MORE than half of those on long-term incapacity benefit who have had new face to face medical assessments have had their payments stopped after they were found to be fit to work.
Social Care bosses have defended the tests used by the controversial Atos Healthcare consultancy which has been brought in to carry out the assessments here on a six-month trial.
Campaigners held a week of action at the Paralympics against Games sponsor Atos Healthcare calling for it to be stripped of its £100m contract with the UK’s Department of Work and Pensions in protest at its ‘flawed’ approach which they claim has left thousands denied the right benefits.
Two doctors from Atos Healthcare arrived here in July to carry out face-to-face personal capability assessments of long-term claimants of incapacity benefit.
So far decisions on claimants’ capability for work have been made in 32 cases. Of those, 14 (43.8 per cent) were determined to be incapable of work and so can continue to receive benefit but 18 (56.2 per cent) were found capable of work and payment of their benefit has been stopped.
The average rate of incapacity benefit is £99.50 per week and so the potential savings made so far could amount to £93,000 a year. But Darrin Oldam, deputy director of social security policy and legislation, said many of those who had been taken off incapacity benefit will instead claim alternative benefits, such as jobseeker’s allowance, so the savings ‘may be minimal, if any’. He said as more people were assessed he expected a smaller percentage would be deemed capable of work. ‘The trend will be downwards,’ he said.
There are currently about 2,000 long-term claimants in the island who have received incapacity-related benefits – that is, contribution-based Incapacity Benefit and/or Income Support as an incapacitated person – for more than six months.
Mr Oldam said Atos Healthcare had supplied two of their most experienced doctors, both with a Diploma in Disability Assessment Medicine, to conduct seven face to face assessments each week. A maximum of 182 claimants will be assessed over the course of the 26-week trial, if all those given appointments attend.
A person can be found incapable of work without the need for a face to face assessment in some circumstances – but a claimant cannot be found capable of work without an assessment having been conducted.
In the UK, disability campaigners have branded the work capability assessments carried out by Atos Healthcare as unfit for purpose. Some claim the assessments are degrading and harmful and cause unnecessary extra stress and anxiety to the disabled and chronically sick – and they argue that it is simply an exercise in cutting the welfare bill.
But Yvette Mellor. deputy chief executive of the Department of Social Care, said: ‘Atos are here for a period of six months to carry out personal capability assessments to see how it works and how effective it is with a view to putting it out to contract in future.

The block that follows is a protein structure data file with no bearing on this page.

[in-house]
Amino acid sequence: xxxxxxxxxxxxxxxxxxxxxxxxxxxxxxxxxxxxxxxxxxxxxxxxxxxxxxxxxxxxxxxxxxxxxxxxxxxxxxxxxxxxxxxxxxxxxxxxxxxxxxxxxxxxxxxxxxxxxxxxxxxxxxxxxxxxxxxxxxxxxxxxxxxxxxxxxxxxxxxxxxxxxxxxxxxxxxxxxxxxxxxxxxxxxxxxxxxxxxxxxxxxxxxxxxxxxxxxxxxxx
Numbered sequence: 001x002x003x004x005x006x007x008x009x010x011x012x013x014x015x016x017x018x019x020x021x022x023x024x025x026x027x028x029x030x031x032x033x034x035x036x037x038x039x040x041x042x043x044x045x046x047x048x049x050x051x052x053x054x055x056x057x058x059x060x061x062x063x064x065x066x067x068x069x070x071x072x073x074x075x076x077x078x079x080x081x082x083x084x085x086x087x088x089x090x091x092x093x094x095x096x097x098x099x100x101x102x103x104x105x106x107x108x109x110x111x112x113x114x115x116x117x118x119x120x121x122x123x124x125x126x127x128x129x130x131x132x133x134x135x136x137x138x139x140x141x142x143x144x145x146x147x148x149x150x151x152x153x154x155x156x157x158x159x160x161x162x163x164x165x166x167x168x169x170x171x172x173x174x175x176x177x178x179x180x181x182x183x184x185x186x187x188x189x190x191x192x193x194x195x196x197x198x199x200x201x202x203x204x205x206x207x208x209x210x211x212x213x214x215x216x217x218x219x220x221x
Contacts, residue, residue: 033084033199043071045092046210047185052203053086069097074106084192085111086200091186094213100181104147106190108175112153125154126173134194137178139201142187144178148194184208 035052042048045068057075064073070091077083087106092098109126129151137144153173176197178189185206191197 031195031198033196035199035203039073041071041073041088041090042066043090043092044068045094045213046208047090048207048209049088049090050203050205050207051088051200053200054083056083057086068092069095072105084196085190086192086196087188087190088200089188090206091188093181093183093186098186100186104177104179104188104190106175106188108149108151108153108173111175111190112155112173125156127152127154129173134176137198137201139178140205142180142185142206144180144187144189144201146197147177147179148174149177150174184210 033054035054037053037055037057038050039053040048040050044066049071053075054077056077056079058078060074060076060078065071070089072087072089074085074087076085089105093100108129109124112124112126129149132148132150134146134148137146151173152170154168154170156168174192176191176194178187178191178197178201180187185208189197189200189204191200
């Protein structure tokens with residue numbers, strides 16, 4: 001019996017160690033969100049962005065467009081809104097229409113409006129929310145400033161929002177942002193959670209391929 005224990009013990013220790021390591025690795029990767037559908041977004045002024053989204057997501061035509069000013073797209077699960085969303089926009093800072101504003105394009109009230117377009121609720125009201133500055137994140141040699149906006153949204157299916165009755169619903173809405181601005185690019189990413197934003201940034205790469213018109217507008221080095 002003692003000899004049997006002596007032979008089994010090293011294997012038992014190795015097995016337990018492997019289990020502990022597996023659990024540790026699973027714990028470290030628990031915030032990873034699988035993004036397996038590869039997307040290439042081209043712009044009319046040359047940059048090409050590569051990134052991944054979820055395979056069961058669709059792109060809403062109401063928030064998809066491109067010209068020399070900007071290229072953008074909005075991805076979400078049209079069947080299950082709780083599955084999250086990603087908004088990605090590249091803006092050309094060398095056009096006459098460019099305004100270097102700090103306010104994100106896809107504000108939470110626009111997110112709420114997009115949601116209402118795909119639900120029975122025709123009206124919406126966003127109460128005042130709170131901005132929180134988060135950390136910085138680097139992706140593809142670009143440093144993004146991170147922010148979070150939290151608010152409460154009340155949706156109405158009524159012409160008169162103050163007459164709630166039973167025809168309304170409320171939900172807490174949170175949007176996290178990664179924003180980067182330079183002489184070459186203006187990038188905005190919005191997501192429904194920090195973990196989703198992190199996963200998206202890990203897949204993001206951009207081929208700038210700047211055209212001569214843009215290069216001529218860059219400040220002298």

‘They’ve been doing this for a number of years in the UK. We’ve deliberately not taken this on board until we knew they had established a process that was fit for purpose.
‘There was initially a lot of negative press in the UK. The two doctors that have come here have had a lot of compliments about how fairly they have treated people. Some people may not be happy with the outcome of their assessment. But overall we are very comfortable that the work they are doing is to a high standard and fit for purpose.’
Ms Mellor insisted that cost cutting was not the motive behind bringing in Atos.
She said: ‘It’s not for that purpose that we are doing it. If people can work they should but equally we need to ensure that people who can’t work continue to receive support and are paid the right amount.’
There are no plans at present to bring in medical assessments for long-term claimants of Disability Living Allowance, she added.
One Douglas man who has claimed incapacity benefit for five years, and has recently been assessed by Atos, has written to Chief Minister Allan Bell MHK to express his concerns.
The man, who wished to remain anonymous, has been signed off as unfit to work by his own doctor due to stress and depression.
His medical assessment was carried out by Atos’s medical director.
Following the assessment he was ruled incapable for work and his benefit was allowed to continue until it is reviewed again in a year’s time.
But he said: ‘He introduced himself to me by showing me a driving licence, not a medical card of any kind.
‘When I suggested he should contact the health professionals I have seen over the years, he suggested that he might not have to.
‘I asked how he could do a detailed report without dealing with people who have known me and treated me for years.’
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Sunday 26 May 2013
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